5 Ways to Overcome Your Fear of Public Speaking

Have anxiety about public speaking? Don’t worry, we all do. Getting up in front of a roomful of peers can be intimidating. But with some practice and preparation, you can feel confident in overcoming your fear of public speaking. So, How to overcome your fear of public speaking?

1. Memorize General Concepts


It may seem like a good idea to prepare for a speech by memorizing it word-for-word. But this can lead to major problems once you get into the spotlight. First, a memorized speech can come off as over-rehearsed and rigid. Second, if your mind goes blank, it’s more difficult to regroup and naturally continue.

Your best bet is to focus on general concepts. Make an outline of the most valuable points in your speech. Practice covering those one by one, speaking naturally about each topic. This gives your speech more flexility and allows for a more natural, engaging presentation.

2. Meet the Audience


Spend some time getting to know your audience. Before your presentation, take a walk around the room and strike up a conversation with someone new. Breaking the ice and meeting a new face will refocus your nervous energy and help ease your anxiety. This will also help you learn about your audience so you can tailor your presentation accordingly.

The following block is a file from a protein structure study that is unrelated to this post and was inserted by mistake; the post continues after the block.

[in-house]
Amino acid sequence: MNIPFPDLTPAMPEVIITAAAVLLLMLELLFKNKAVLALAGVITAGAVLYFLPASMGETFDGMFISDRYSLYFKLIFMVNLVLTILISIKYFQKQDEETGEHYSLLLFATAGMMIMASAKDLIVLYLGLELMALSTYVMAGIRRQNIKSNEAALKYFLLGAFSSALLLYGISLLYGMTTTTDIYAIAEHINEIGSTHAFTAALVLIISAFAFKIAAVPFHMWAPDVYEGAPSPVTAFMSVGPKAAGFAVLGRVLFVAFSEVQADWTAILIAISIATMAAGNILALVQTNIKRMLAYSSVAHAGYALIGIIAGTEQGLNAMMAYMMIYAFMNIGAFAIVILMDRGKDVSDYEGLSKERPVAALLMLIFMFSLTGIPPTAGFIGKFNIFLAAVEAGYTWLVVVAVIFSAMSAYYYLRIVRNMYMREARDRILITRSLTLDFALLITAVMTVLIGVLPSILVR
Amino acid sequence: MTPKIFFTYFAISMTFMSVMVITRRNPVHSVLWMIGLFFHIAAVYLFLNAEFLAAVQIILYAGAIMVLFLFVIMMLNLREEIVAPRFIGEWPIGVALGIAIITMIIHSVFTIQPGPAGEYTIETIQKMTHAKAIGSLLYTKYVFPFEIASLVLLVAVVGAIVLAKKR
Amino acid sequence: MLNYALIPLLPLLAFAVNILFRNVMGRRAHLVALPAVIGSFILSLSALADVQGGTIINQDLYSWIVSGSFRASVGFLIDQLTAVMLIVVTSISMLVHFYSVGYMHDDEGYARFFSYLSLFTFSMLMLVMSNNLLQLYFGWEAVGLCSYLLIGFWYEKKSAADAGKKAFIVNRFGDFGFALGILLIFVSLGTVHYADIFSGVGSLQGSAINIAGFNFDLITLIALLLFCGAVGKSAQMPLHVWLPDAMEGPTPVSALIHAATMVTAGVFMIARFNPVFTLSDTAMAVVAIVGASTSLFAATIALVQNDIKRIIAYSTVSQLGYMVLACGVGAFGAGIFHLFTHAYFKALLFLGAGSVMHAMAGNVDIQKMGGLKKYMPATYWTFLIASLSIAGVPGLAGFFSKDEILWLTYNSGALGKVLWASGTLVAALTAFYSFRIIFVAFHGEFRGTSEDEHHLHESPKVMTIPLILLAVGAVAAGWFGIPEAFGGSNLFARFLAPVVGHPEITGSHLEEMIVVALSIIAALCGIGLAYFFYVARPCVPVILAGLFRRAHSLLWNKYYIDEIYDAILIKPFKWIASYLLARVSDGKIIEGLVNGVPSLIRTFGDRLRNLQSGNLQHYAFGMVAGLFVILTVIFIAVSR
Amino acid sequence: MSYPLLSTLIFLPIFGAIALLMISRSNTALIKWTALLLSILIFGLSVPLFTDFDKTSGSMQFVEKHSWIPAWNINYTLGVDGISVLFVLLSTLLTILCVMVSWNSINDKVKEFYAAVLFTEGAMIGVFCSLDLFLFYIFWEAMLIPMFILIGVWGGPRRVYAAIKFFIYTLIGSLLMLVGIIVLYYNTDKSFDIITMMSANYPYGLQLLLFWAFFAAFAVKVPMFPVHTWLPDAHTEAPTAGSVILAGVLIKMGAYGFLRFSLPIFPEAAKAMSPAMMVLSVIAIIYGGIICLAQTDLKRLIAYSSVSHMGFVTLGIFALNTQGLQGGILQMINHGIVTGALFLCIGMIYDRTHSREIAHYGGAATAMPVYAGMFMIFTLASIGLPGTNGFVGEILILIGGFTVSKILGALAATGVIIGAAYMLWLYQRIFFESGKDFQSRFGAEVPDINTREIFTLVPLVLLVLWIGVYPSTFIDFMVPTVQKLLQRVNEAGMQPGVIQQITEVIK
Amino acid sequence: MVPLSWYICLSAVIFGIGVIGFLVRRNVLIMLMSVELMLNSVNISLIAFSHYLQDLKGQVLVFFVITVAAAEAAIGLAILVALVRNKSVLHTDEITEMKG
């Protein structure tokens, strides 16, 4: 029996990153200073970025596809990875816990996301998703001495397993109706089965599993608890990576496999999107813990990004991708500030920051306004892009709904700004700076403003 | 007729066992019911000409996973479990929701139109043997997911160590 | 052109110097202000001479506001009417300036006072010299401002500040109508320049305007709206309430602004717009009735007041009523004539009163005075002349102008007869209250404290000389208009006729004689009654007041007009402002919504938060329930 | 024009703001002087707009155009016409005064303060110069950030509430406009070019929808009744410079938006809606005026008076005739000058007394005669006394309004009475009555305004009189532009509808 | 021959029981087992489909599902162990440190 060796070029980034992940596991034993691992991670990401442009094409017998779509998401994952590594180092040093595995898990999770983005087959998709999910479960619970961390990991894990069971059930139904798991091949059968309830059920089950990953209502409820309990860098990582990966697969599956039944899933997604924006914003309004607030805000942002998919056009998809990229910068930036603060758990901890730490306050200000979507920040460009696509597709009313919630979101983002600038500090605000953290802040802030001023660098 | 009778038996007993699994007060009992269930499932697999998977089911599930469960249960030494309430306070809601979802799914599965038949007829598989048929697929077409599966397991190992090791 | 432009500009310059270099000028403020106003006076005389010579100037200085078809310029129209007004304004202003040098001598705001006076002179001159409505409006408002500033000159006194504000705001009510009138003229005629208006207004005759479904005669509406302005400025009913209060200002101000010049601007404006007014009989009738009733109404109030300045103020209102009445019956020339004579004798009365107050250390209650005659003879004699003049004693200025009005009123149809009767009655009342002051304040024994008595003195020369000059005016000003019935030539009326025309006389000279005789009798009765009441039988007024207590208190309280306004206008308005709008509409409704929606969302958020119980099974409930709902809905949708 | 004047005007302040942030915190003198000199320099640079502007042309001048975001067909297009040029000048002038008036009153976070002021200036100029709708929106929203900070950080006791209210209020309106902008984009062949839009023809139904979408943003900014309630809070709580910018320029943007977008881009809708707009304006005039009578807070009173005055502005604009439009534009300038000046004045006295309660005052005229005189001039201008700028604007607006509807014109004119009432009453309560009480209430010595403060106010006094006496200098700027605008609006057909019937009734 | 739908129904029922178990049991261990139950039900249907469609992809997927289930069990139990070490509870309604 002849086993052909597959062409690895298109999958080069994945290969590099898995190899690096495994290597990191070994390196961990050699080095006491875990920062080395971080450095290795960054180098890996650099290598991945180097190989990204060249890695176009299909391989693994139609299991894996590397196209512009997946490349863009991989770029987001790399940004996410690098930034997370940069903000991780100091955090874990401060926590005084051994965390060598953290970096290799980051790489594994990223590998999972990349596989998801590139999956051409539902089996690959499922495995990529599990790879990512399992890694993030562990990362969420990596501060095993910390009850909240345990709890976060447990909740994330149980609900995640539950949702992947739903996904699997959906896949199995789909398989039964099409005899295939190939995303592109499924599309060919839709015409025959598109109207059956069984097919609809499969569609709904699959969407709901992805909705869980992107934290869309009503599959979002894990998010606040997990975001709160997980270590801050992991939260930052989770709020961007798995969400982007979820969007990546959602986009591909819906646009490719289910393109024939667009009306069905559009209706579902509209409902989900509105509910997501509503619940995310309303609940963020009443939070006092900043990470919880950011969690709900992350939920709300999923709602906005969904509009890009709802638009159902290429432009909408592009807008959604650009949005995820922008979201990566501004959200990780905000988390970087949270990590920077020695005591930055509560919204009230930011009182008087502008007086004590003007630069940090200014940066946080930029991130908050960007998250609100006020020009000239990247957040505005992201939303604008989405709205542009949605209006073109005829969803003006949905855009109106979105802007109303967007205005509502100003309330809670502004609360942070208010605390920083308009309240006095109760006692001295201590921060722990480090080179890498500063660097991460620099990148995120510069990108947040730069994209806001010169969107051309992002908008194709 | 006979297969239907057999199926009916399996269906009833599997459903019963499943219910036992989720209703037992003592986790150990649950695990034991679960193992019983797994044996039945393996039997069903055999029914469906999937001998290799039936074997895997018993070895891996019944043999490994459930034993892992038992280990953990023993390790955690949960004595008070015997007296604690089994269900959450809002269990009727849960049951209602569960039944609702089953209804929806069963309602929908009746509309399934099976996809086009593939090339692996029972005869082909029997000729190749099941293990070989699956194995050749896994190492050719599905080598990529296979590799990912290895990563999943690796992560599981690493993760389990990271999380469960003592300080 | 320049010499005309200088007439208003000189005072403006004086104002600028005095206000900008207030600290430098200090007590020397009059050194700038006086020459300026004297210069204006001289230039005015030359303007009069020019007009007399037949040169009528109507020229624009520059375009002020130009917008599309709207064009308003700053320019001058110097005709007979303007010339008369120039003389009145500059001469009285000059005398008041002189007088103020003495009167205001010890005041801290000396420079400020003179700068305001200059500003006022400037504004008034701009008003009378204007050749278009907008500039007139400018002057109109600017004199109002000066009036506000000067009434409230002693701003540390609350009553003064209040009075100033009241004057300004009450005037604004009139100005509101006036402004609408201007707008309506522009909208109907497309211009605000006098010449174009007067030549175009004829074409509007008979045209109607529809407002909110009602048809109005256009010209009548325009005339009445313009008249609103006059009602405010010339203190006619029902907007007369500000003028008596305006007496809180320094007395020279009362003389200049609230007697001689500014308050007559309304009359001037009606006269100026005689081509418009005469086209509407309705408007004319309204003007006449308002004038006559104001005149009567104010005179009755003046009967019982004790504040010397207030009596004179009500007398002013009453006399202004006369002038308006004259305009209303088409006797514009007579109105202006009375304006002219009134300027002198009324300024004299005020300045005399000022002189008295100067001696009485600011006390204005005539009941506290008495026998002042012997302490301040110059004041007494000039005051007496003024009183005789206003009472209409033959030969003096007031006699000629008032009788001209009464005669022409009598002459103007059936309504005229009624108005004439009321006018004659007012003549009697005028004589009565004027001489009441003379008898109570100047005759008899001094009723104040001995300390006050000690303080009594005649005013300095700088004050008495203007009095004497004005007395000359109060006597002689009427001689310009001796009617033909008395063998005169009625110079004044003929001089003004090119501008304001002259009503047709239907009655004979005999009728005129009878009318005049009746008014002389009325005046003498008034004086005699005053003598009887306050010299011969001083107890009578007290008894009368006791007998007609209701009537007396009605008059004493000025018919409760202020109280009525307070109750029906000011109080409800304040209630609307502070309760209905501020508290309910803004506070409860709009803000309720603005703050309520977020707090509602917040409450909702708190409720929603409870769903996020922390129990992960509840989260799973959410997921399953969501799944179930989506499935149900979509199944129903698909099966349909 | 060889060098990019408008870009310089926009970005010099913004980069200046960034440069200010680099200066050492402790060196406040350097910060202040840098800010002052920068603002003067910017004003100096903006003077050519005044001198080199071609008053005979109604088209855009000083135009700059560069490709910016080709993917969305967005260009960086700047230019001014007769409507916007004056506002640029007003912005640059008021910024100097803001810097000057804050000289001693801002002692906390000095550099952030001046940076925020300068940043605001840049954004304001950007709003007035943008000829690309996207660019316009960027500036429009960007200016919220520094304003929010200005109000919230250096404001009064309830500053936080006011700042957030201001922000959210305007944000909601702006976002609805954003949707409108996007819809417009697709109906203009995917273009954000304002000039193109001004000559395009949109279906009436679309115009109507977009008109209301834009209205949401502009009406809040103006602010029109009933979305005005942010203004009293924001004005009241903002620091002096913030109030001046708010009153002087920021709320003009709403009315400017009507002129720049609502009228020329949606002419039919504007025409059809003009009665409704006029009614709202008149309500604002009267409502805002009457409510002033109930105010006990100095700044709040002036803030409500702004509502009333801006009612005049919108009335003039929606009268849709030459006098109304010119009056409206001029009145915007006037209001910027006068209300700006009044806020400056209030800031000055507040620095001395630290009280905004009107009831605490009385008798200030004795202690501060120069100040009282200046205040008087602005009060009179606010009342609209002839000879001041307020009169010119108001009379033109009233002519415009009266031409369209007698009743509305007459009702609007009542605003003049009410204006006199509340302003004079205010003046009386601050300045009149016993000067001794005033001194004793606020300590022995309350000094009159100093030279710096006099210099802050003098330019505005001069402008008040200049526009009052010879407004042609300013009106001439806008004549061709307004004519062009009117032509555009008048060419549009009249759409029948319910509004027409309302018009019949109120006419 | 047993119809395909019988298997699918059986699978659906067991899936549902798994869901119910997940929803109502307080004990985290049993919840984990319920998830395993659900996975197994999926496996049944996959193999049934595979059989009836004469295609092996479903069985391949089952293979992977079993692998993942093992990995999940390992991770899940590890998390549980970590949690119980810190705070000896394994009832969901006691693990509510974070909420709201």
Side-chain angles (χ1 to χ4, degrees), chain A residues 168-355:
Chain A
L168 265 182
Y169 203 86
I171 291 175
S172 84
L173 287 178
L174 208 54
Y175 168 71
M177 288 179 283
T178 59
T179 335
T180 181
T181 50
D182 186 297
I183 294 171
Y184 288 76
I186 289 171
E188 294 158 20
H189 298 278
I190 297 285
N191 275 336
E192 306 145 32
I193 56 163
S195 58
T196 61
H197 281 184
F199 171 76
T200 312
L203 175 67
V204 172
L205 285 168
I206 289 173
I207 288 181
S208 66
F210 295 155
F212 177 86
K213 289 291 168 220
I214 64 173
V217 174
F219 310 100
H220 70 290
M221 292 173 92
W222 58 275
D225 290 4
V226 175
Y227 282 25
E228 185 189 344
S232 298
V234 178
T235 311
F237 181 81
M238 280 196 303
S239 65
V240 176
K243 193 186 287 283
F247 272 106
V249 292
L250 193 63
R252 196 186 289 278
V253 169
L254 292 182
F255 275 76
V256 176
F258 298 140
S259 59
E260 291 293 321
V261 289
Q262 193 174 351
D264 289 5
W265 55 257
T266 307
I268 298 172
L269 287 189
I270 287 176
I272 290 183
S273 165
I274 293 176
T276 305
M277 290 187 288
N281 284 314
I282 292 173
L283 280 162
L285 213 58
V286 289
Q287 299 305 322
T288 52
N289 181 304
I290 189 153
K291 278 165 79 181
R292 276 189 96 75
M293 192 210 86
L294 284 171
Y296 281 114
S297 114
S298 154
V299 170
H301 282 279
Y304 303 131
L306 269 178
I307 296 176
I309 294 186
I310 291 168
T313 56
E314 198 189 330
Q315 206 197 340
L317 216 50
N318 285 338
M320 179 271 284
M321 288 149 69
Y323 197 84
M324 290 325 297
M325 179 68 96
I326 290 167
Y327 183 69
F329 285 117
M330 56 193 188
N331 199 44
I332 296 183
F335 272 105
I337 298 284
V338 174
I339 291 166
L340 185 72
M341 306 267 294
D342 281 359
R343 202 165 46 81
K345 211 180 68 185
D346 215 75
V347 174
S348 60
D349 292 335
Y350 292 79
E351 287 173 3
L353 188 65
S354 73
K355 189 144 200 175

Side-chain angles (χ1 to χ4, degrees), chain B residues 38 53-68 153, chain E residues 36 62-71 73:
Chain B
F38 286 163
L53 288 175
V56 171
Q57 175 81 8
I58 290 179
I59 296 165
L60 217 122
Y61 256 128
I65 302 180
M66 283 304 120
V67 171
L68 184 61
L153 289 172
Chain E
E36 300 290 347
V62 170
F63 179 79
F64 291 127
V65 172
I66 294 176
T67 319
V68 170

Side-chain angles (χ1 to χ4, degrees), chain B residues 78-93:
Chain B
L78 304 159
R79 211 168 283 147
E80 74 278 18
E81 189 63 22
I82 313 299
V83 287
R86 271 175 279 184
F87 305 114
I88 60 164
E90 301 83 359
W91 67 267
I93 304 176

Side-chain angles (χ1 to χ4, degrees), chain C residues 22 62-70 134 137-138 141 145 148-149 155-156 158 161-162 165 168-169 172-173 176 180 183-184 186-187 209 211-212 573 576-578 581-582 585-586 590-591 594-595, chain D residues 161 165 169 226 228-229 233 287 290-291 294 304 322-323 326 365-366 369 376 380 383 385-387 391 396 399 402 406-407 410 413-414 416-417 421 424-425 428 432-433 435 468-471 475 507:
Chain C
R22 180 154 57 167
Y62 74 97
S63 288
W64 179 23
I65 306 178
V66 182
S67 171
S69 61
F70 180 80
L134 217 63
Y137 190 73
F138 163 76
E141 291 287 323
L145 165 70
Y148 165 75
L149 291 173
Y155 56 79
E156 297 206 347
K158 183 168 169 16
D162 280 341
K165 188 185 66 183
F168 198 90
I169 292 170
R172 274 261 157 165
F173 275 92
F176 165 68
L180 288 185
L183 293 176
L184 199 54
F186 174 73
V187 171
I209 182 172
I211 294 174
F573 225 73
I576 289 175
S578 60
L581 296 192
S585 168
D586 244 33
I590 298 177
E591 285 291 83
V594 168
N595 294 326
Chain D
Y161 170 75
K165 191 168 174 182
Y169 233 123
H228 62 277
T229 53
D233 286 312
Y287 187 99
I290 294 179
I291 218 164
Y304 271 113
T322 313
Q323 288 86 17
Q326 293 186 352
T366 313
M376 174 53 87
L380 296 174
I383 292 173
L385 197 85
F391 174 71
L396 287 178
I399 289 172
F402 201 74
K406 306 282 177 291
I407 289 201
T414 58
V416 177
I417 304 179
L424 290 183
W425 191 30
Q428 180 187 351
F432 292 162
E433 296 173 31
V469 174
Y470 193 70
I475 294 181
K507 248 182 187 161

3. Refine Your Visual and Audio Tools


Don’t bore your audience with dull slides. Present your slides in an unexpected way. Don’t be afraid to use a short, engaging video or a humorous photo to liven up your presentation. Consider asking a designer or illustrator to contribute graphics or illustrations to bring those slides to life.

4. Get In the Zone


Even the most seasoned speakers get nervous before a gig. It’s important to consciously shift your mindset before you grab the microphone. Take several deep breaths and get excited about sharing information with your audience. Get passionate about your topics and make that energy contagious.

5. Involve the Audience


Find an interesting way to engage the crowd. You can have the audience repeat back key concepts or ask for examples of the topics you cover. Getting your peers involved makes them feel as if you’re talking WITH them instead of AT them. Reach out and get them involved!